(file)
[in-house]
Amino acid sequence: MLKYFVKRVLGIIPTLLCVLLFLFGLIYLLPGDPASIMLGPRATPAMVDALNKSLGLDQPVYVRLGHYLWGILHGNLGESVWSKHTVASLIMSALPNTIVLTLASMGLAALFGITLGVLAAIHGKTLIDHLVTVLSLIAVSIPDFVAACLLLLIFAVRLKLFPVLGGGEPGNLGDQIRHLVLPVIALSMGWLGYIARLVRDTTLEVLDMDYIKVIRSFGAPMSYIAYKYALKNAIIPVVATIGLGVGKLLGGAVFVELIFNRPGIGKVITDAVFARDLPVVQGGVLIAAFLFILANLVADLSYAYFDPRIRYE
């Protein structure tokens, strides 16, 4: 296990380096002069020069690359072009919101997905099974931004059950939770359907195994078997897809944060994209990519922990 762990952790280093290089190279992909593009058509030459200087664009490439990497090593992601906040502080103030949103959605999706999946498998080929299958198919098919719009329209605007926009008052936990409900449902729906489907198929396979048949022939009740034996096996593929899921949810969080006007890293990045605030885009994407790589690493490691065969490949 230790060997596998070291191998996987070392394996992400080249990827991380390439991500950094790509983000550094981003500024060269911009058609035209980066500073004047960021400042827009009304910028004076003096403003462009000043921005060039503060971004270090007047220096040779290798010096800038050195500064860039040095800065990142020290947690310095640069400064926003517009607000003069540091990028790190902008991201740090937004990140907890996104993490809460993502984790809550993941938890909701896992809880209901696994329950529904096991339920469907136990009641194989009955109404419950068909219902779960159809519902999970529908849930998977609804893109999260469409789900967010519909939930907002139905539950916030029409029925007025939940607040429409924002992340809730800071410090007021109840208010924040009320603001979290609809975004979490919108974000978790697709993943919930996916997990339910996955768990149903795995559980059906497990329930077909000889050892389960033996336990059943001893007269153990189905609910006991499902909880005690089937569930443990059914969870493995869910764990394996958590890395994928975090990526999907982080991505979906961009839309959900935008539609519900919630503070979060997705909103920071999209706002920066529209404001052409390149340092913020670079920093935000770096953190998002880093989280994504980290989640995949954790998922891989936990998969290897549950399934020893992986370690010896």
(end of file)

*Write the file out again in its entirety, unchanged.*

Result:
[in-house]
Amino acid sequence: MLKYFVKRVLGIIPTLLCVLLFLFGLIYLLPGDPASIMLGPRATPAMVDALNKSLGLDQPVYVRLGHYLWGILHGNLGESVWSKHTVASLIMSALPNTIVLTLASMGLAALFGITLGVLAAIHGKTLIDHLVTVLSLIAVSIPDFVAACLLLLIFAVRLKLFPVLGGGEPGNLGDQIRHLVLPVIALSMGWLGYIARLVRDTTLEVLDMDYIKVIRSFGAPMSYIAYKYALKNAIIPVVATIGLGVGKLLGGAVFVELIFNRPGIGKVITDAVFARDLPVVQGGVLIAAFLFILANLVADLSYAYFDPRIRYE
């Protein structure tokens, strides 16, 4: 296990380096002069020069690359072009919101997905099974931004059950939770359907195994078997897809944060994209990519922990 762990952790280093290089190279992909593009058509030459200087664009490439990497090593992601906040502080103030949103959605999706999946498998080929299958198919098919719009329209605007926009008052936990409900449902729906489907198929396979048949022939009740034996096996593929899921949810969080006007890293990045605030885009994407790589690493490691065969490949 230790060997596998070291191998996987070392394996992400080249990827991380390439991500950094790509983000550094981003500024060269911009058609035209980066500073004047960021400042827009009304910028004076003096403003462009000043921005060039503060971004270090007047220096040779290798010096800038050195500064860039040095800065990142020290947690310095640069400064926003517009607000003069540091990028790190902008991201740090937004990140907890996104993490809460993502984790809550993941938890909701896992809880209901696994329950529904096991339920469907136990009641194989009955109404419950068909219902779960159809519902999970529908849930998977609804893109999260469409789900967010519909939930907002139905539950916030029409029925007025939940607040429409924002992340809730800071410090007021109840208010924040009320603001979290609809975004979490919108974000978790697709993943919930996916997990339910996955768990149903795995559980059906497990329930077909000889050892389960033996336990059943001893007269153990189905609910006991499902909880005690089937569930443990059914969870493995869910764990394996958590890395994928975090990526999907982080991505979906961009839309959900935008539609519900919630503070979060997705909103920071999209706002920066529209404001052409390149340092913020670079920093935000770096953190998002880093989280994504980290989640995949954790998922891989936990998969290897549950399934020893992986370690010896």